An autograph book is a book for collecting the autographs of others (duh!). Traditionally they were exchanged among friends, colleagues, and classmates to fill with poems, drawings, personal messages, small pieces of verse, and other mementos.

The tradition started among (male) university students in the German and Dutch linguistic regions, around the time of the Reformation (16th century), and spread. They were called Stammbuch, Album Amicorum or Freundschaftsalbum at the time.

At first, only the upper classes and students had one, but by the 19th century, they were popular among the upper and middle class, men as well as women.

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A friend´s entry in Ludwig von Beethoven´s Stammbuch, ca. 1792

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Poesiealbum, ca.1790s

German immigrants transported the tradition to American culture in the late 18th century, where their popularity peaked around the time of the Civil War. Thereafter the use of autograph books declined sharply in both cultures as they were replaced by school yearbooks,though they remained a lingering fad among young women for some time.

Autograph books in their classic form eventually disappeared from the landscape of American culture, but their usage endures among German schoolgirls, who know them as poesiealben. (Wikipedia).

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Poesiealbum (1938)

You can look at some vintage German poesiealben here.

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Laura Ingalls´ calling cards

Calling cards were popular during the Victorian era and some preferred to paste their cards onto the pages of albums and then inscribe their message. This was also a time when it was all the rage to share a lock of hair with a special friend or a loved one.

Autograph Album dated 1861 to 1868, with hair mementos, many woven or braided. Plus autographs and poems, pressed flowers, needlework, ribbons, etc. Cardboard covers with lined pages. Measures 7.75 x 6.5 inches. (Source)

Some friends would share their lock by fastening it to an album page along with a verse. Locks of hair from family and friends were also cherished and used to make jewelry such as earrings and bracelets, and many were encased in lockets for remembrance.

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Autograph book, ca. 1914

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Poesiealbum, ca.1920

Traditionally, in German poesiealben, the messages are lavishly decorated with scraps or little drawings, whereas autograph books often only contain the written message, but there are no strict rules or distinctions.

In Little Town on the Prairie (set in 1881), Laura (aged 14) and her sister Carrie (aged 11) receive autograph books as presents from their parents:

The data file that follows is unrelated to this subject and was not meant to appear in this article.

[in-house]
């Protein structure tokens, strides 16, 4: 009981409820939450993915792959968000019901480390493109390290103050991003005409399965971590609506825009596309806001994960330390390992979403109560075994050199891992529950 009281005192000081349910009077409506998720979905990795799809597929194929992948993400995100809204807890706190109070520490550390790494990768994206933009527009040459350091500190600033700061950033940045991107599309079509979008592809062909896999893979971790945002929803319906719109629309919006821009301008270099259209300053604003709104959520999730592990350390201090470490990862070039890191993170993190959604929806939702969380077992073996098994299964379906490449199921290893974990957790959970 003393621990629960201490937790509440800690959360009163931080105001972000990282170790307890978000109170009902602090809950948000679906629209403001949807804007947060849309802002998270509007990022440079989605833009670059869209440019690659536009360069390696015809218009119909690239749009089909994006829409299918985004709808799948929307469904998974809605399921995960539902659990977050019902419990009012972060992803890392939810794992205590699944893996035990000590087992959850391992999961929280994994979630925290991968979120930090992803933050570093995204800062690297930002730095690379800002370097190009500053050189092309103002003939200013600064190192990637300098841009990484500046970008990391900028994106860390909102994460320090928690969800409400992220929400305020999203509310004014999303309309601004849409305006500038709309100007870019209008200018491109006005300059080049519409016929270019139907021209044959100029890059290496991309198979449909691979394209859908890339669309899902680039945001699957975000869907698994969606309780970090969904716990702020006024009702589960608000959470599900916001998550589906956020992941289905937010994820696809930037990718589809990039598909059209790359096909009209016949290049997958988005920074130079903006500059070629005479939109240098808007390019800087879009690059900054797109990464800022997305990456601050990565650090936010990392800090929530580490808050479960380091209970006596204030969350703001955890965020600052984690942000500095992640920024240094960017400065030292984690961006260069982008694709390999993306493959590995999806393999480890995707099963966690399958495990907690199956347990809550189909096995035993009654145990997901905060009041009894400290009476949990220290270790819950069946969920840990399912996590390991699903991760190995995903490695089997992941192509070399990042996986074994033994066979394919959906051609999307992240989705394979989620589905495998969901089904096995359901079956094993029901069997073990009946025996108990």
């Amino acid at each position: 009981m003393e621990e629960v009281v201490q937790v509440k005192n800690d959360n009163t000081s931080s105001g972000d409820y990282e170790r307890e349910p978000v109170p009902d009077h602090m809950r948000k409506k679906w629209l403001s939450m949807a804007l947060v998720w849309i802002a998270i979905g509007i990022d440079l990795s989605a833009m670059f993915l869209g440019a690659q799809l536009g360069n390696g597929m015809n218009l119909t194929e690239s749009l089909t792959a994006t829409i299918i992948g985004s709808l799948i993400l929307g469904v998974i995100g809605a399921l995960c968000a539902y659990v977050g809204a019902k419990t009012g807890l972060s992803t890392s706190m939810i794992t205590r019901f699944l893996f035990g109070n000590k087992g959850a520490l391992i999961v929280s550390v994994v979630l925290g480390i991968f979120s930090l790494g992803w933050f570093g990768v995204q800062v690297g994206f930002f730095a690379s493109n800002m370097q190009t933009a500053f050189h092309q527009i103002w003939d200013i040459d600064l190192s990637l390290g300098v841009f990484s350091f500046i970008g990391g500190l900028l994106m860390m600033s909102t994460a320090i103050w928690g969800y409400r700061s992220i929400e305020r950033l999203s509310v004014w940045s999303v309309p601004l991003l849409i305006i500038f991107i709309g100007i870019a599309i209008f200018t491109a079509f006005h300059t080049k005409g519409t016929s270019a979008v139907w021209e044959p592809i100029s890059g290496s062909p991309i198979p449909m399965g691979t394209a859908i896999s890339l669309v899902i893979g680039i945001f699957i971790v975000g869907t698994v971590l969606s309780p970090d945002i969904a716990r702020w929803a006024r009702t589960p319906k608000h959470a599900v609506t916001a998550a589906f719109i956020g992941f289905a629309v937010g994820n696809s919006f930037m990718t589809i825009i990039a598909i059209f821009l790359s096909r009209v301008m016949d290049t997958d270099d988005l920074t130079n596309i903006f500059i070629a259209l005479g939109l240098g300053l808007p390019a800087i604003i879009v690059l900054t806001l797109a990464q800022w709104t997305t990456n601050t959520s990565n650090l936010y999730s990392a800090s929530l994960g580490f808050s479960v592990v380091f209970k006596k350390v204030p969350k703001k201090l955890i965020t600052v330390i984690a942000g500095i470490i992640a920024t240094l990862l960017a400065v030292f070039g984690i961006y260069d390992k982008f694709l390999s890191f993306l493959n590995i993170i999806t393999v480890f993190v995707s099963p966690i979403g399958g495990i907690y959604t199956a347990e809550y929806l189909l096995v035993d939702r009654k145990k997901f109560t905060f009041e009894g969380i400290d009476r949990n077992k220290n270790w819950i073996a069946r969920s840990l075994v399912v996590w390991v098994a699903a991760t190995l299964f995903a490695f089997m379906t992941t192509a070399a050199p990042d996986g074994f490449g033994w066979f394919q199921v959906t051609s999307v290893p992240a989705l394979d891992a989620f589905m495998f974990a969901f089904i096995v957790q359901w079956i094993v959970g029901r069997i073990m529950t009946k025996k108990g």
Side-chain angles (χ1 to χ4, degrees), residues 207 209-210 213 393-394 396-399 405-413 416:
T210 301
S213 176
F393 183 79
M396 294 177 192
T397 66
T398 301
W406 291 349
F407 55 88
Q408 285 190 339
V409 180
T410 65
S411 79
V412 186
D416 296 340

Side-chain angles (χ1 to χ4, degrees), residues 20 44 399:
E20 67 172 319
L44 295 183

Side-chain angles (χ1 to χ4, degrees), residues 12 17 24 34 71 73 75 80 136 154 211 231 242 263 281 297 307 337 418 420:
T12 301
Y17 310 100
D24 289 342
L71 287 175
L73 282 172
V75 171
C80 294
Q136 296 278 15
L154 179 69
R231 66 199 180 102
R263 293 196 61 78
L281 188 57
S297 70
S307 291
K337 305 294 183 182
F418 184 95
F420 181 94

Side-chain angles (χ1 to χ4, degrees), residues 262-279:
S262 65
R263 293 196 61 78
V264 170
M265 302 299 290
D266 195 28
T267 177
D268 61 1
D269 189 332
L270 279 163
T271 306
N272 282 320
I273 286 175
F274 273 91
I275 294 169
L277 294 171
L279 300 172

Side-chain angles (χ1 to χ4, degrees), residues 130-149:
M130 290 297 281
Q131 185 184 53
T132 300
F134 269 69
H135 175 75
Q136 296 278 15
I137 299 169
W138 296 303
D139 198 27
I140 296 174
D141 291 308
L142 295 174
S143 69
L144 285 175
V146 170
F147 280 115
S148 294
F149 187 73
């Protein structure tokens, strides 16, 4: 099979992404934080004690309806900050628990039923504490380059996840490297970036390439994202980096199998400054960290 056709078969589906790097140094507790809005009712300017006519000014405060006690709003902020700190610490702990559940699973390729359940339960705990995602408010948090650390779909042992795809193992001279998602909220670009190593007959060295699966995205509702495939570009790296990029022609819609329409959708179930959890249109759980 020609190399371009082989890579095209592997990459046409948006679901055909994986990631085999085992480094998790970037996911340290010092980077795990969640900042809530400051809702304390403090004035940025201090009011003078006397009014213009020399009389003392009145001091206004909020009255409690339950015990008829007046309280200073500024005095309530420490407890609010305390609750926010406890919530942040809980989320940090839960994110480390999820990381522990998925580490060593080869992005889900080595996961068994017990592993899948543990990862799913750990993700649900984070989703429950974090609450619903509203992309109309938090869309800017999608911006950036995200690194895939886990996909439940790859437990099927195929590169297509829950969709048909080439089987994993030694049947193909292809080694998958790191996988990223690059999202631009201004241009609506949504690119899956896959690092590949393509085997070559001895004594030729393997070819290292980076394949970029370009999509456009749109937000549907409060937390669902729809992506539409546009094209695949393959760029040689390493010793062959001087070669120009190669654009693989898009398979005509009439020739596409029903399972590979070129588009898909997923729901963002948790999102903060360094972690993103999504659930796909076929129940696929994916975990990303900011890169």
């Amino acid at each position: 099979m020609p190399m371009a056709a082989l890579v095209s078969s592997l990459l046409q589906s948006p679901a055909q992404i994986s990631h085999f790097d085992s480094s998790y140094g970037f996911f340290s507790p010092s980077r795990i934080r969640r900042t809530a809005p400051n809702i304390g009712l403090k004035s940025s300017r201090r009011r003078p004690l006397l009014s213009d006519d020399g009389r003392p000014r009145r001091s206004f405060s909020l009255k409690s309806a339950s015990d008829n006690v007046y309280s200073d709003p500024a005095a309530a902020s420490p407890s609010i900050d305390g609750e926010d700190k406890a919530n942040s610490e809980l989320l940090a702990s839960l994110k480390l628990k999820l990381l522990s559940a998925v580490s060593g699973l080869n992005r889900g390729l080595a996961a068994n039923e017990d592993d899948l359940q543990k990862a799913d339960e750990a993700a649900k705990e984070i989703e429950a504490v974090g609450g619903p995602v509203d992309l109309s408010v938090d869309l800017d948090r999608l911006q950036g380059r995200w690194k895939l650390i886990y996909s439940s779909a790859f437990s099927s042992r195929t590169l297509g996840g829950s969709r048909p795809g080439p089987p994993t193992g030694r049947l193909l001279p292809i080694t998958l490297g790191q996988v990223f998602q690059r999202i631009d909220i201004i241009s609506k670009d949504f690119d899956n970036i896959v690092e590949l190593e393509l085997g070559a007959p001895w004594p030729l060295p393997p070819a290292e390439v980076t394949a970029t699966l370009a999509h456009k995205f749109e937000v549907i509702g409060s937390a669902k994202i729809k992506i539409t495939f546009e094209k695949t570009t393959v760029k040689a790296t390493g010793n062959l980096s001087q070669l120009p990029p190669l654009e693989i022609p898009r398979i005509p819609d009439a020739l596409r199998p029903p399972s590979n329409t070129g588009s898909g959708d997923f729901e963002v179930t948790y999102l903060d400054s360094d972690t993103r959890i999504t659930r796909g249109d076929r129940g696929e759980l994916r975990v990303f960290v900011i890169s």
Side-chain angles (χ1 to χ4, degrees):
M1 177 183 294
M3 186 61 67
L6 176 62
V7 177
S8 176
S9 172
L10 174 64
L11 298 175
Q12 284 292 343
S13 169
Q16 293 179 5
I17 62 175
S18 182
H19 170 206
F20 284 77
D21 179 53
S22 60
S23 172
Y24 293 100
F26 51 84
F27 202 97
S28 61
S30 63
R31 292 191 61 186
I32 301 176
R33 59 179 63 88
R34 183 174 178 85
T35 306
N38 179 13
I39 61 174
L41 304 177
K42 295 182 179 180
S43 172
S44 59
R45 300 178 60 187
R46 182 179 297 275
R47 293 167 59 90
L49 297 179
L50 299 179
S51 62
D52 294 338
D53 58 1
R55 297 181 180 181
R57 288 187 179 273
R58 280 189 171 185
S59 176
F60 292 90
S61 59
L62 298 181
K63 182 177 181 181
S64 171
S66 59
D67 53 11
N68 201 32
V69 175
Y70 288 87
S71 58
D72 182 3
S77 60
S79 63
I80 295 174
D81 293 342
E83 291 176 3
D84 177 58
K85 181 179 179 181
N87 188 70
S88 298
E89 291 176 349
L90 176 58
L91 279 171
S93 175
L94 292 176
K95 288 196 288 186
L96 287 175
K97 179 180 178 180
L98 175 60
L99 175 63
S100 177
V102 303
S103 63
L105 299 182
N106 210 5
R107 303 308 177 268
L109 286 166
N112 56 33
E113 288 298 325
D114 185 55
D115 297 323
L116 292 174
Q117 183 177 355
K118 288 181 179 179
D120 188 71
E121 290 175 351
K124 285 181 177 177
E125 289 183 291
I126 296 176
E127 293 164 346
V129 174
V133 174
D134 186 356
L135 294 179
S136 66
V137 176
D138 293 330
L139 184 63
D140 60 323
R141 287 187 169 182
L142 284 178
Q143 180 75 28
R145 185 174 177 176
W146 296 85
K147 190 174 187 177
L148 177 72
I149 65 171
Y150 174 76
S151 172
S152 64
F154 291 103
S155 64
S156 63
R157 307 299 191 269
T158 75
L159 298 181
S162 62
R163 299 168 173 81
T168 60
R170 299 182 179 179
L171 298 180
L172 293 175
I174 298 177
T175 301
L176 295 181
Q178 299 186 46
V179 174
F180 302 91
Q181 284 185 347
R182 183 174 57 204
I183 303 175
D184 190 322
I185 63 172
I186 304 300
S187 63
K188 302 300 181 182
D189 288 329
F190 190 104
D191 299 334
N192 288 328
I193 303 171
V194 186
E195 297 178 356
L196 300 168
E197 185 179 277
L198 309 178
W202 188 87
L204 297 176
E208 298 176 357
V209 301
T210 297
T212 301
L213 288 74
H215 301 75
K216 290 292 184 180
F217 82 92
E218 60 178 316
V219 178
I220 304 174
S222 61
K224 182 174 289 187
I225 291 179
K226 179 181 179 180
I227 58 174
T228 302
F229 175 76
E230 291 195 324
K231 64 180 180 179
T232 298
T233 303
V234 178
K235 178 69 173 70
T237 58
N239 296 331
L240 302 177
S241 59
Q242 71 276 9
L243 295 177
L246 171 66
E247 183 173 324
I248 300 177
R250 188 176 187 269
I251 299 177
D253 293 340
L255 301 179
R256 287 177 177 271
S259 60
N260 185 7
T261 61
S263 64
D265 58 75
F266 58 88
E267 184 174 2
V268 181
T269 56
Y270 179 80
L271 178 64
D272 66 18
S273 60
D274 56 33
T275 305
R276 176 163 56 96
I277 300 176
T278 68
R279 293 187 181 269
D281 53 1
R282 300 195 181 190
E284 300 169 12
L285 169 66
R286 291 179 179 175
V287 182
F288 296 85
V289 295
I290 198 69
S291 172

In Laura’s package was a beautiful small book, too. It was thin, and wider that it was tall. On its red cover, embrossed in gold, were the words, Autograph Album. The pages, of different soft colors, were blank. Carrie had another exactly like it, except that the cover of hers was blue and gold.

“I found that autograph albums are all the fashion nowadays,” said Ma. “All the most fashionalbe girls in Vinton have them.”

“What are they, exactly?” Laura asked.

“You ask a friend to write a verse on one of the blank pages and sign her name to it,” Ma explained. “If she has an autograph album, you do the same for her, and you keep the albums to remember each other by.”

quoted from here

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How Laura´s mother signed Laura´s autograph book.

Autograph Cover

Autograph albums were indeed all the range in the 19th century.  Their heyday was from 1830 to 1850.  Signature quilts are a phenomena of this period too.  One important development was the invention of permanent ink in 1845; signatures written 150 years ago are still legible today.

image and quote from here

Leaf through an 1883 autograph book here

Leaf through several vintage autograph books here

Look into a 1914 autograph book here

Interesting article on autograph books and poesiealben

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To make a doll autograph book, just find a picture of an autograph book cover you like and print it out at a size approx. 2″ x 3″.

Sew or staple together a few blank pages, preferably in a slightly off-white paper. Now cut two pieces of thin cardboard to the dimensions of your book cover. Cover them with neutral colored paper to make a sturdy cover and glue the blank pages inside. Finish by gluing the cover image to the front.

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I only had a black and white printer, so I picked a black and white image with high contrast and printed it onto colored paper. Later, I added some embellishment with a silver touch-up pen.

Any American girl after Felicity could have had an autograph book, though they became less popular after the 1950s.

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